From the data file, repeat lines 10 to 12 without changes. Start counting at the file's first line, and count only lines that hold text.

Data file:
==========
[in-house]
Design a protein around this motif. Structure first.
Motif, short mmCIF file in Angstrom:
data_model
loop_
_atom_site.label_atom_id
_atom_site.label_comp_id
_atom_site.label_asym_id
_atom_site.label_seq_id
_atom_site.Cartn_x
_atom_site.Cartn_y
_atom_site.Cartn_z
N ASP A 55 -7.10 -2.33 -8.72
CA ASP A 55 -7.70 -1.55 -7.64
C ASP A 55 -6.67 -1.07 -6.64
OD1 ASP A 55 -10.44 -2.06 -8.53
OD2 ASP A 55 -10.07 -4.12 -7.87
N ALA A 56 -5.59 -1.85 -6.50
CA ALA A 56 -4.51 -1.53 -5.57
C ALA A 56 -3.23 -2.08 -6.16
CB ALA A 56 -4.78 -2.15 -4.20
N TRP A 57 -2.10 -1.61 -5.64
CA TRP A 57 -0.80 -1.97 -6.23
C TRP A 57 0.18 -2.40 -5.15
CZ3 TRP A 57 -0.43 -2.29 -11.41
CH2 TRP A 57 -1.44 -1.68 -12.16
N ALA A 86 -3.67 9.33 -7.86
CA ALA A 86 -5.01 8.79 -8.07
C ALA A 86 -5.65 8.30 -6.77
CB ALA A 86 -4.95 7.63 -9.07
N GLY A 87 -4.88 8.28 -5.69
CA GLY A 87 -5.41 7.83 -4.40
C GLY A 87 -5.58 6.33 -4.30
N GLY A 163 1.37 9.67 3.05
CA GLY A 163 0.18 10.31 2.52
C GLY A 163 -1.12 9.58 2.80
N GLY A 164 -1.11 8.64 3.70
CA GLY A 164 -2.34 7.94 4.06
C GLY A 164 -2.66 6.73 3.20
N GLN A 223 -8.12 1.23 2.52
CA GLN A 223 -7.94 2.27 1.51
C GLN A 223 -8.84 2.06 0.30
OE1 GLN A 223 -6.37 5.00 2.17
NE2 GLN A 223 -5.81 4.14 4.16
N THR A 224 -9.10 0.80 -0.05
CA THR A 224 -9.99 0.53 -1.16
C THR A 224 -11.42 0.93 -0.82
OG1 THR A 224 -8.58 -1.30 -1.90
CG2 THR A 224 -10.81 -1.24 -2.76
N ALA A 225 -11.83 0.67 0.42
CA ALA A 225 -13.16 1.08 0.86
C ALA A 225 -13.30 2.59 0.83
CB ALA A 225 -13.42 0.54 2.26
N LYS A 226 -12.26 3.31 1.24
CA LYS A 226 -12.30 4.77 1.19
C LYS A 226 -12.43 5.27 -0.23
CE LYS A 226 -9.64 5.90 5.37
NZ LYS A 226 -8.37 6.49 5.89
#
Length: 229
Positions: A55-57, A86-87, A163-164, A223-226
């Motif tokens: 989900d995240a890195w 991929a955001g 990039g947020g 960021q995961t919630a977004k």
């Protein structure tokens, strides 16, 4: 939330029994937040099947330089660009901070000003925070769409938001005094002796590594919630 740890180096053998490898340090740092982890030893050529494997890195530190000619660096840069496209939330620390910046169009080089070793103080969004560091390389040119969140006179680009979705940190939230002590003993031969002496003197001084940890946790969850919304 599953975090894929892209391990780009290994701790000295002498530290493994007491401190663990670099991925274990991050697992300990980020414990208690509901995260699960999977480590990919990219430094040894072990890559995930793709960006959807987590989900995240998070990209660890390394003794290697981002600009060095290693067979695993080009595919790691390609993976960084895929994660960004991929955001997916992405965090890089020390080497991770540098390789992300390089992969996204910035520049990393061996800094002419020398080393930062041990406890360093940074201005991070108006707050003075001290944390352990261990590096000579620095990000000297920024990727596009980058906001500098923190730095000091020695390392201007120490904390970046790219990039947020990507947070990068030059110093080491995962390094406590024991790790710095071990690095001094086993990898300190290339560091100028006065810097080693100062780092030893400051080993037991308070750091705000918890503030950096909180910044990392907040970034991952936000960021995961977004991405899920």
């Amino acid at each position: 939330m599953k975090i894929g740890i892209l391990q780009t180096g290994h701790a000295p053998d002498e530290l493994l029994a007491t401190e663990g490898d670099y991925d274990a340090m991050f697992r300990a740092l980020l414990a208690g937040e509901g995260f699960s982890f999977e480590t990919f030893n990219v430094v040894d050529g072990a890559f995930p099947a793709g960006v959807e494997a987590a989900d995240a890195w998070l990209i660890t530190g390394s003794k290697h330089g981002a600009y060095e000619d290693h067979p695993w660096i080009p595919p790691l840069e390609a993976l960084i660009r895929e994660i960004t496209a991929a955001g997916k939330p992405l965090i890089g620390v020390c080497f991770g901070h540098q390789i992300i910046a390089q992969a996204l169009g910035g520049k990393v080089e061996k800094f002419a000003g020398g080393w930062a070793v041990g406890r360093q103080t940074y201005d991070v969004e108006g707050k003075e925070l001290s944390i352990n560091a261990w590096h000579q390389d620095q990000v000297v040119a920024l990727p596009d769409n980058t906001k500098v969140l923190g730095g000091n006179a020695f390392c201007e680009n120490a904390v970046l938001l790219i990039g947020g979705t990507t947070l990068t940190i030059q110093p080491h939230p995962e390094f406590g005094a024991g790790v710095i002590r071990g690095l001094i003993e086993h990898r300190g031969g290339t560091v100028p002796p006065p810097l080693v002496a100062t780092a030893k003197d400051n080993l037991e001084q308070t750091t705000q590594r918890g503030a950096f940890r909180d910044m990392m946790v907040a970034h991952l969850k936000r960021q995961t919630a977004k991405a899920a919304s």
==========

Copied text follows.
_atom_site.Cartn_x
_atom_site.Cartn_y
_atom_site.Cartn_z